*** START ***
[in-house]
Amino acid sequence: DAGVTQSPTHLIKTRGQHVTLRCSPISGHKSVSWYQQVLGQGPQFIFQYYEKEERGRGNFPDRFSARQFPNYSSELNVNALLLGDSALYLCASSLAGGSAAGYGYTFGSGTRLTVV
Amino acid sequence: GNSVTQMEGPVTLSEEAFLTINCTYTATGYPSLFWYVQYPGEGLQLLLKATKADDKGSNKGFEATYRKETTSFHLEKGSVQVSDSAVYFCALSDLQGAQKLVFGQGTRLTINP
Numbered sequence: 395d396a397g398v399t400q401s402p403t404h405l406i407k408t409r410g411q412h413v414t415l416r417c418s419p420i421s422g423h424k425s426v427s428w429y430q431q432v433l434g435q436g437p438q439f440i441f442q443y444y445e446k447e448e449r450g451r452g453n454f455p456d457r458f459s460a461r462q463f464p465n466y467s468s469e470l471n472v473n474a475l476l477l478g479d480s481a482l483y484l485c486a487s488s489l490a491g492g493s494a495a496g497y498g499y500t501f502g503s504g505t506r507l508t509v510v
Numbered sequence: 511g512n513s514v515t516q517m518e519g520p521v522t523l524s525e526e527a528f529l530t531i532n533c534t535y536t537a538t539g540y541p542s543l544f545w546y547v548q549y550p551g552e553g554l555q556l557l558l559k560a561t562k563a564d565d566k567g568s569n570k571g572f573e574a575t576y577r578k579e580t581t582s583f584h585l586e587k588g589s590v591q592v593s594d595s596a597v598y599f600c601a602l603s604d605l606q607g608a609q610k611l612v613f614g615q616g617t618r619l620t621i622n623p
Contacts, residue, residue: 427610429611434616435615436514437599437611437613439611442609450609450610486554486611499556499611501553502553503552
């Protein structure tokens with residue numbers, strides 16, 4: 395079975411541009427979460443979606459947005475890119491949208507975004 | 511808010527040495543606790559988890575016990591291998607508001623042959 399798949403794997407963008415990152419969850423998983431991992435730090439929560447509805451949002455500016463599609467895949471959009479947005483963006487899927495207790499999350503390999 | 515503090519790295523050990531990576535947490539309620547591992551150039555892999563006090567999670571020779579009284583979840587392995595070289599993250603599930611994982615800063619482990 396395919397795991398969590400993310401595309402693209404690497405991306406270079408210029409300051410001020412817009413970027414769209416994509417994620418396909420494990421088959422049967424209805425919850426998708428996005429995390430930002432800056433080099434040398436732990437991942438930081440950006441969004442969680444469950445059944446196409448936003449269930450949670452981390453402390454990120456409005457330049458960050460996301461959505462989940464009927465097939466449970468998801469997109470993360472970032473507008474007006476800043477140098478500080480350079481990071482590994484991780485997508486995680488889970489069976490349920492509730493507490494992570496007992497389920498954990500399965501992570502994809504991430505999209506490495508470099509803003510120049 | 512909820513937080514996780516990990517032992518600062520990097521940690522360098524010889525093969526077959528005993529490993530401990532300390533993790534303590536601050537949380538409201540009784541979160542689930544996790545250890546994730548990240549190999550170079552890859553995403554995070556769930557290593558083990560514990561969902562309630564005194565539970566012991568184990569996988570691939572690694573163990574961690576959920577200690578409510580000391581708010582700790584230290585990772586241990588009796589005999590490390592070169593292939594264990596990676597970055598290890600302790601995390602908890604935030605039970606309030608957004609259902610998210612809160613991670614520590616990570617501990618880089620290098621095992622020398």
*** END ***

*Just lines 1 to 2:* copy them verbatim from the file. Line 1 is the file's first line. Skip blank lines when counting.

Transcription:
[in-house]
Amino acid sequence: DAGVTQSPTHLIKTRGQHVTLRCSPISGHKSVSWYQQVLGQGPQFIFQYYEKEERGRGNFPDRFSARQFPNYSSELNVNALLLGDSALYLCASSLAGGSAAGYGYTFGSGTRLTVV